Five Steps to Increase Student Achievement Fast
1. Recognize that students are capable of a higher level than they are currently demonstrating.
All too often, we become discouraged with student performance and begin to believe that our students cannot do any better. We tried everything we know to help them improve, and when they fail to do so, they fulfill the unspoken prophecy of "I can't". Every student can improve, and improvement begins with rekindling our belief that they can.
2. Identify three areas in which students need to improve.
These might include broad areas such as math, science, language arts, social studies. Or, they might include several elements within one area, such as comprehension, fluency, and prosody in reading. Being clear about the need helps us to focus lessons and instruction where it is most needed.
3. Narrow the focus and determine the level of performance you expect.
Choose one area on which to focus your energy and determine what level of performance is realistic in the time you have. If they are a grade level behind, they will have great difficulty in meeting grade level performance in four weeks. However, if they are three months behind, a one-month concentrated effort may well result in improving their performance to grade level. Determine what outcome you expect. What would their homework look like if they were "on target"? What would class participation look like? What would their test or quiz results be? Narrowing the focus helps set the target for their performance.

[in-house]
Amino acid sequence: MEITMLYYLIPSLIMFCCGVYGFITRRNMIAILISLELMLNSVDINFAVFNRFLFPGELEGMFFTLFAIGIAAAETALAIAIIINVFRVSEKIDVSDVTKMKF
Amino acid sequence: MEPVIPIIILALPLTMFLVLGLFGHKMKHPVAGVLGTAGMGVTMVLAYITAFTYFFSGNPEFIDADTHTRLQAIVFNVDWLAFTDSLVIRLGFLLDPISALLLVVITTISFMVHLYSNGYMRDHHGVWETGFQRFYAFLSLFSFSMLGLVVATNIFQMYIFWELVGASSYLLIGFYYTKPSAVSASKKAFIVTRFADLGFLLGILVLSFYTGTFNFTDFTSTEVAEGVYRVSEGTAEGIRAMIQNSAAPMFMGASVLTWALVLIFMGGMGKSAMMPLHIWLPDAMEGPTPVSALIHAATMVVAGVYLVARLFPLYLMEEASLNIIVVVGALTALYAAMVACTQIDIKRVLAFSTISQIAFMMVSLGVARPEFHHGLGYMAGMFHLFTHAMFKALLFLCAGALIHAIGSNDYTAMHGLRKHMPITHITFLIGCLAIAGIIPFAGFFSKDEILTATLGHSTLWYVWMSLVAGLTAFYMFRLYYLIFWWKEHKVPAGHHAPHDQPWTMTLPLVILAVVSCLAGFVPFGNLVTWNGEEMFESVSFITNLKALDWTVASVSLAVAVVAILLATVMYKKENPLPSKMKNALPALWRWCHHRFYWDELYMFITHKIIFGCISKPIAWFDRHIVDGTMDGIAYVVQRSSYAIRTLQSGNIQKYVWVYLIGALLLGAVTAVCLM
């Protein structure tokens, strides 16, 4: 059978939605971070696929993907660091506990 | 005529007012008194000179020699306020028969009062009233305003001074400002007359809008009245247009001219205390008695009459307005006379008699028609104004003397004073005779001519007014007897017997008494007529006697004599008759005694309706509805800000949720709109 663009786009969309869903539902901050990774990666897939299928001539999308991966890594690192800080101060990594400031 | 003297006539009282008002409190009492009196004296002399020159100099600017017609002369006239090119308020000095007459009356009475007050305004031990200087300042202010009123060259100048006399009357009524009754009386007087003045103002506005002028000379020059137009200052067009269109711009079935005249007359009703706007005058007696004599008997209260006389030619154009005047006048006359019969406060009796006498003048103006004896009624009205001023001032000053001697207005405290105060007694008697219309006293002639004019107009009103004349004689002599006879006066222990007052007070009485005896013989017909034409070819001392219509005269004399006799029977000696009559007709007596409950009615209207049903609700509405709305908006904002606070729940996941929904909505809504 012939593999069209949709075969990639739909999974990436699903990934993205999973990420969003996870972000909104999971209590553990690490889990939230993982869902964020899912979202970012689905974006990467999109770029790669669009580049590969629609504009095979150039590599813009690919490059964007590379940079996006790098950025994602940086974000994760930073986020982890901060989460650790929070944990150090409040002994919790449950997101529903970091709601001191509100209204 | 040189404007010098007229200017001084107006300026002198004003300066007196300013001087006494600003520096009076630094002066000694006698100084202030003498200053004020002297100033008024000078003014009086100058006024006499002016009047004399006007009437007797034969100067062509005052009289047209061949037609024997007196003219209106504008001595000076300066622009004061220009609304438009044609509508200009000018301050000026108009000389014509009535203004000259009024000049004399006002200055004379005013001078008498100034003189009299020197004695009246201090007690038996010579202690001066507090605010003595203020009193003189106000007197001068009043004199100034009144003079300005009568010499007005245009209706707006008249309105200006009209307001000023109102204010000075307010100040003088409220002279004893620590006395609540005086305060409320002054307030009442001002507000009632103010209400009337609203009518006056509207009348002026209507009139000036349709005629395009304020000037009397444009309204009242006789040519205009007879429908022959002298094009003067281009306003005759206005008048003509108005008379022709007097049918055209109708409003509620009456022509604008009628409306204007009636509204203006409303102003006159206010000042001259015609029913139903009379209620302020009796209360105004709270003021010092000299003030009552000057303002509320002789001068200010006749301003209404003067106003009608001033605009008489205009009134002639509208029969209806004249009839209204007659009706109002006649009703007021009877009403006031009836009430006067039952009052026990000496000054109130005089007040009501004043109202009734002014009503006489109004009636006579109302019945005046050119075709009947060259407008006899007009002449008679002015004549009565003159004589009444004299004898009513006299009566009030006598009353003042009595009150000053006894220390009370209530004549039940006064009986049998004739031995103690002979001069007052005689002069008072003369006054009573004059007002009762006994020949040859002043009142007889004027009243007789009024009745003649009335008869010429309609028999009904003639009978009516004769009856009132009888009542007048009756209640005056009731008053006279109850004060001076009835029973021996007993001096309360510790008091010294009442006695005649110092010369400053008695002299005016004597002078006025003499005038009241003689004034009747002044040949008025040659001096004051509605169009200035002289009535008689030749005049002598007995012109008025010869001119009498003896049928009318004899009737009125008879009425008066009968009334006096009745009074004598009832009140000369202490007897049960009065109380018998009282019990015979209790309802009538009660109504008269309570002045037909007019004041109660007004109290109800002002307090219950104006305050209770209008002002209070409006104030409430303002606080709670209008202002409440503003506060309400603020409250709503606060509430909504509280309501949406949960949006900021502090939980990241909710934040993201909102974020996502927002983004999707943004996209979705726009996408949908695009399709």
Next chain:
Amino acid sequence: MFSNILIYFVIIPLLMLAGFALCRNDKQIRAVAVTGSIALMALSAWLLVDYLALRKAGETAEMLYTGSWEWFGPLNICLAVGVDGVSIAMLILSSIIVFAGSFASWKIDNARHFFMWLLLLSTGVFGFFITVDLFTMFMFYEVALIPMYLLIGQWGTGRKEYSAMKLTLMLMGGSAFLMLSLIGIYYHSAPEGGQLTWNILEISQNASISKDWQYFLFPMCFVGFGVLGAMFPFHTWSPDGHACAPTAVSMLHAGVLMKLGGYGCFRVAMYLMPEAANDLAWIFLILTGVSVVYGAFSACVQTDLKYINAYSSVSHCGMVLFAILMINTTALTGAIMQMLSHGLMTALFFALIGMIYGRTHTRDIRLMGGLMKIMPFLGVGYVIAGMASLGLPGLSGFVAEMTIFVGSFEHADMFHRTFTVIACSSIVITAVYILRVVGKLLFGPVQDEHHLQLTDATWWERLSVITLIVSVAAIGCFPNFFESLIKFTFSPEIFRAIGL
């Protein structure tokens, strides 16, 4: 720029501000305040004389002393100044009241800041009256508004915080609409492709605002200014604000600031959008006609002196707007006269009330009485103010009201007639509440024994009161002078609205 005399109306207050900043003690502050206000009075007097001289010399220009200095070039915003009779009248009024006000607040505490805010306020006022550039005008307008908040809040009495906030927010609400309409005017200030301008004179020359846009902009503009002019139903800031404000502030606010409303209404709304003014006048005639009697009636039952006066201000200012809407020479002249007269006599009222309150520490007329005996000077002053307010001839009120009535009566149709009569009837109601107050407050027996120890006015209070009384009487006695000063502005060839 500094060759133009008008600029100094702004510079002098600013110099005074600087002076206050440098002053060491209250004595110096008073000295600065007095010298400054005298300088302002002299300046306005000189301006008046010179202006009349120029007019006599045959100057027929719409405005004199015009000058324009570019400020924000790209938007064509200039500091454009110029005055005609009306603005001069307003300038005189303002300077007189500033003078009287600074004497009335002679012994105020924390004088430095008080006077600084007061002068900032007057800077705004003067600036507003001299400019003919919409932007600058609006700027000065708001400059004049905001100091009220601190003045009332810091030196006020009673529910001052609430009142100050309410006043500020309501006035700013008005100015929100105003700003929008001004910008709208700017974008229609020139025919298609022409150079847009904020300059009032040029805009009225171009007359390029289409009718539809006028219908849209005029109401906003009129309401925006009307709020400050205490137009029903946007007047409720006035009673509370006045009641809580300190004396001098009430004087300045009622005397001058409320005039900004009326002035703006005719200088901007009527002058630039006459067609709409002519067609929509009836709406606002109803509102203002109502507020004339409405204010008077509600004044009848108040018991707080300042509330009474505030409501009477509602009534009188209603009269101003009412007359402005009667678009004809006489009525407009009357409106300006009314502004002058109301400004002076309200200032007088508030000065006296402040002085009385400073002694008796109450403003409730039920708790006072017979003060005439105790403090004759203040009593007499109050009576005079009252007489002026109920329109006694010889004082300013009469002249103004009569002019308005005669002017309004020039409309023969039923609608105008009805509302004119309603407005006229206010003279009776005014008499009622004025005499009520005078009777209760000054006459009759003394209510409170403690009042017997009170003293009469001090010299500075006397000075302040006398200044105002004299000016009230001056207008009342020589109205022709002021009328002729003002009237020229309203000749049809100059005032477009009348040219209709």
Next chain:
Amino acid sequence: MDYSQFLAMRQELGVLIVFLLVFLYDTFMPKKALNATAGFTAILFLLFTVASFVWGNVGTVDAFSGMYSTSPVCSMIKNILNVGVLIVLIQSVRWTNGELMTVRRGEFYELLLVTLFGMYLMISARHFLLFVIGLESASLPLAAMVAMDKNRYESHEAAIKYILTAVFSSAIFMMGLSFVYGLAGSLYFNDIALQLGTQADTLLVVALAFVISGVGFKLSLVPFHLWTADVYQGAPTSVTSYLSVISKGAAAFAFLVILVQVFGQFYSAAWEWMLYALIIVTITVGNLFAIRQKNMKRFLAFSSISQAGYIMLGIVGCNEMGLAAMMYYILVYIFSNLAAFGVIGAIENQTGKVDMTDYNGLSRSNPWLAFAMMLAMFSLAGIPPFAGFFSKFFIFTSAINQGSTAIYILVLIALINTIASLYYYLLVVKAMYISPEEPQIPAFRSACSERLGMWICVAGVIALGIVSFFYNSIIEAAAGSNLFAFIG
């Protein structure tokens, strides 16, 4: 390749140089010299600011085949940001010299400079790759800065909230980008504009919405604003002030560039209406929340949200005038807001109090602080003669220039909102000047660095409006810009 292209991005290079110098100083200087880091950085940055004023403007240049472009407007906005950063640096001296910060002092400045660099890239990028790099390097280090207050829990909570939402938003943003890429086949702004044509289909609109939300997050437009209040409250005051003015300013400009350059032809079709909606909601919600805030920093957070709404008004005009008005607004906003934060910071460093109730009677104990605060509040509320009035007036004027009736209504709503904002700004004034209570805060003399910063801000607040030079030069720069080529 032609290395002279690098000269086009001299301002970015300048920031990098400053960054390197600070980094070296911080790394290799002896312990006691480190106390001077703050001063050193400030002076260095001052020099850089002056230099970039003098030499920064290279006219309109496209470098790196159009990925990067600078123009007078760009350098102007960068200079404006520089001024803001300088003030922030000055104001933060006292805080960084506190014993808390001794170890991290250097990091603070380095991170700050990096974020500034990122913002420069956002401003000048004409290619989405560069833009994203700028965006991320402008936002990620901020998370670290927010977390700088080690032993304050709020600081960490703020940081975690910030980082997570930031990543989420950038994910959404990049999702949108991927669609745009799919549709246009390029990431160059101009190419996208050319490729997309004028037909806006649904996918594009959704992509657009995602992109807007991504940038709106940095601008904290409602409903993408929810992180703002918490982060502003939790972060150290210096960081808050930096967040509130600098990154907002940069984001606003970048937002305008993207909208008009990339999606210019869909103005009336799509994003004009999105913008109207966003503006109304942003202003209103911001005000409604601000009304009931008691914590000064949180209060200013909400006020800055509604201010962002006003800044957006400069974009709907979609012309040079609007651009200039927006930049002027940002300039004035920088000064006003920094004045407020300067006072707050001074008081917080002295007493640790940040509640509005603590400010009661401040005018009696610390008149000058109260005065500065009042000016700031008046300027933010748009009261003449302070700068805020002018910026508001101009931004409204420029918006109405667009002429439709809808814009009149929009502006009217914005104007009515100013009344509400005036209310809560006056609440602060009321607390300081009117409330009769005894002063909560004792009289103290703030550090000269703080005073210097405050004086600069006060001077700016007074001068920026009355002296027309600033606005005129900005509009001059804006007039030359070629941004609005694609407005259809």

4. Show students the target they are expected to meet, and the steps they must master to "hit the target".
Usually, when we begin a new lesson, we let students know what we expect them to learn, but we may fail to tell them the steps we will need to take, and how we are going to help them get there. When we can identify the specific steps they will need to take to achieve success, we give them a glimpse of the target, and help them set their minds on taking small steps toward the achievable goal.
5. With the targeted performance outcome in mind, prepare your lesson or unit to achieve that outcome.
By designing your teaching with the targeted performance in mind, you will begin to structure lessons that are more focused, more directed to achieve the specific outcome that you have identified.
Kathleen Kardaras, Psy.D., is trained in both pedagogy and psychology. She is a licensed clinical counselor and professor who has taught most levels from Pre-K through graduate studies. She provides consulting to schools, universities, and individuals on optimizing achievement and she does transformational life coaching for individuals and groups. Her books and articles include "Transform Your Life in Four Seasons", "Transcendance", and "Bull's Eye Teaching". She can be reached at 847-804-2278 or 773-777-4003. Kkardaras@thekoreconcept.com [http://www.TheKoreConcept.com]
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